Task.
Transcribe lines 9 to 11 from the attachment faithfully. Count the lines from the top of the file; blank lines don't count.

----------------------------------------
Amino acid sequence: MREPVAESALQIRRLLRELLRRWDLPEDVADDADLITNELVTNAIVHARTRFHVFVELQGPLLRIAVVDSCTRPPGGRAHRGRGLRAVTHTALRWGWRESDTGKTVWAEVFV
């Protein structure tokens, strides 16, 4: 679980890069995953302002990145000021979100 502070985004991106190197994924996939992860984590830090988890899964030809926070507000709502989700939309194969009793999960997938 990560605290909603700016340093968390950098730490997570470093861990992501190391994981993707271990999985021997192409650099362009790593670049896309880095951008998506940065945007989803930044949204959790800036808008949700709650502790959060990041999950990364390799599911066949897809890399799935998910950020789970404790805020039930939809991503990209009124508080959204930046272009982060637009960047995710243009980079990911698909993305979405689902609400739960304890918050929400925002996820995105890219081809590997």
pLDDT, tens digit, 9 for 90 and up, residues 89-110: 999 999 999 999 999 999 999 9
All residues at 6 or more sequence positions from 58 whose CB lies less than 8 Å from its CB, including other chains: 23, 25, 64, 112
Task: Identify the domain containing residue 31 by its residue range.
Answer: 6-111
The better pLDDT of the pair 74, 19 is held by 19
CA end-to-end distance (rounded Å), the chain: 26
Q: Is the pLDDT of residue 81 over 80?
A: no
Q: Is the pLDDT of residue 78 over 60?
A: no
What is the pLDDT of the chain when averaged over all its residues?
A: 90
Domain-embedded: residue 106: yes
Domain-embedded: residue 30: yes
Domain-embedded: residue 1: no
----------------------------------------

Q: Is the pLDDT of residue 81 over 80?
A: no
Q: Is the pLDDT of residue 78 over 60?